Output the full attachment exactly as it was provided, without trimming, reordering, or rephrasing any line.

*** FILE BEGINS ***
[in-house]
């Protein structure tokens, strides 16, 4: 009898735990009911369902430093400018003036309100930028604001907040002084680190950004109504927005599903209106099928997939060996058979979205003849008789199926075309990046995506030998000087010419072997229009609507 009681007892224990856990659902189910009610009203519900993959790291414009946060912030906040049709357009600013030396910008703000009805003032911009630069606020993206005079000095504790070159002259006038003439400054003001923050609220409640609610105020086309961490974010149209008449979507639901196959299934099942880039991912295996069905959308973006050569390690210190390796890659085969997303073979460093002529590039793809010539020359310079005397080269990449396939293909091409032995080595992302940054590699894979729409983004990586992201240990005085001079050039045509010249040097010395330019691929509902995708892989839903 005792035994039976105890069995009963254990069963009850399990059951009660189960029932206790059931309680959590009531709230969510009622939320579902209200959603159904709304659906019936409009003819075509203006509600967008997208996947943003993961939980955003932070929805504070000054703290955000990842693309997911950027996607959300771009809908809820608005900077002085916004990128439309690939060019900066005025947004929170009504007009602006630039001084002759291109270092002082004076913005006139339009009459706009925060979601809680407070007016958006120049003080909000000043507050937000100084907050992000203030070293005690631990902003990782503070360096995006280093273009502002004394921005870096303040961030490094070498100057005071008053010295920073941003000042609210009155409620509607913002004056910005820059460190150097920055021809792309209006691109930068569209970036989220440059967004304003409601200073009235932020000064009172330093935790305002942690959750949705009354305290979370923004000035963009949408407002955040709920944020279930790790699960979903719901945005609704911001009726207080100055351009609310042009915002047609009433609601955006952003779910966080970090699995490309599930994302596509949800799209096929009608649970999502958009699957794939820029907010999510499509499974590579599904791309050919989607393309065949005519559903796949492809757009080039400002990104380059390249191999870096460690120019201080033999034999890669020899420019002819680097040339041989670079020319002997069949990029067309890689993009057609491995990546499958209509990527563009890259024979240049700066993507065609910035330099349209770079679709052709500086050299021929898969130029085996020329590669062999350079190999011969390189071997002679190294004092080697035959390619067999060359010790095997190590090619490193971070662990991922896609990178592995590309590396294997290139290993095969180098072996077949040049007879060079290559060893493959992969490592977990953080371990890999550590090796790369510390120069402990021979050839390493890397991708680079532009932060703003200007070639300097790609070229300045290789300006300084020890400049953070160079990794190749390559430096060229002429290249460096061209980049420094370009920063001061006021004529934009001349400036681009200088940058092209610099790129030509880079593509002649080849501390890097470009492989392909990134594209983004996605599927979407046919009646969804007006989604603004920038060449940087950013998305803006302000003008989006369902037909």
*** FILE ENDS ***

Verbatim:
[in-house]
């Protein structure tokens, strides 16, 4: 009898735990009911369902430093400018003036309100930028604001907040002084680190950004109504927005599903209106099928997939060996058979979205003849008789199926075309990046995506030998000087010419072997229009609507 009681007892224990856990659902189910009610009203519900993959790291414009946060912030906040049709357009600013030396910008703000009805003032911009630069606020993206005079000095504790070159002259006038003439400054003001923050609220409640609610105020086309961490974010149209008449979507639901196959299934099942880039991912295996069905959308973006050569390690210190390796890659085969997303073979460093002529590039793809010539020359310079005397080269990449396939293909091409032995080595992302940054590699894979729409983004990586992201240990005085001079050039045509010249040097010395330019691929509902995708892989839903 005792035994039976105890069995009963254990069963009850399990059951009660189960029932206790059931309680959590009531709230969510009622939320579902209200959603159904709304659906019936409009003819075509203006509600967008997208996947943003993961939980955003932070929805504070000054703290955000990842693309997911950027996607959300771009809908809820608005900077002085916004990128439309690939060019900066005025947004929170009504007009602006630039001084002759291109270092002082004076913005006139339009009459706009925060979601809680407070007016958006120049003080909000000043507050937000100084907050992000203030070293005690631990902003990782503070360096995006280093273009502002004394921005870096303040961030490094070498100057005071008053010295920073941003000042609210009155409620509607913002004056910005820059460190150097920055021809792309209006691109930068569209970036989220440059967004304003409601200073009235932020000064009172330093935790305002942690959750949705009354305290979370923004000035963009949408407002955040709920944020279930790790699960979903719901945005609704911001009726207080100055351009609310042009915002047609009433609601955006952003779910966080970090699995490309599930994302596509949800799209096929009608649970999502958009699957794939820029907010999510499509499974590579599904791309050919989607393309065949005519559903796949492809757009080039400002990104380059390249191999870096460690120019201080033999034999890669020899420019002819680097040339041989670079020319002997069949990029067309890689993009057609491995990546499958209509990527563009890259024979240049700066993507065609910035330099349209770079679709052709500086050299021929898969130029085996020329590669062999350079190999011969390189071997002679190294004092080697035959390619067999060359010790095997190590090619490193971070662990991922896609990178592995590309590396294997290139290993095969180098072996077949040049007879060079290559060893493959992969490592977990953080371990890999550590090796790369510390120069402990021979050839390493890397991708680079532009932060703003200007070639300097790609070229300045290789300006300084020890400049953070160079990794190749390559430096060229002429290249460096061209980049420094370009920063001061006021004529934009001349400036681009200088940058092209610099790129030509880079593509002649080849501390890097470009492989392909990134594209983004996605599927979407046919009646969804007006989604603004920038060449940087950013998305803006302000003008989006369902037909």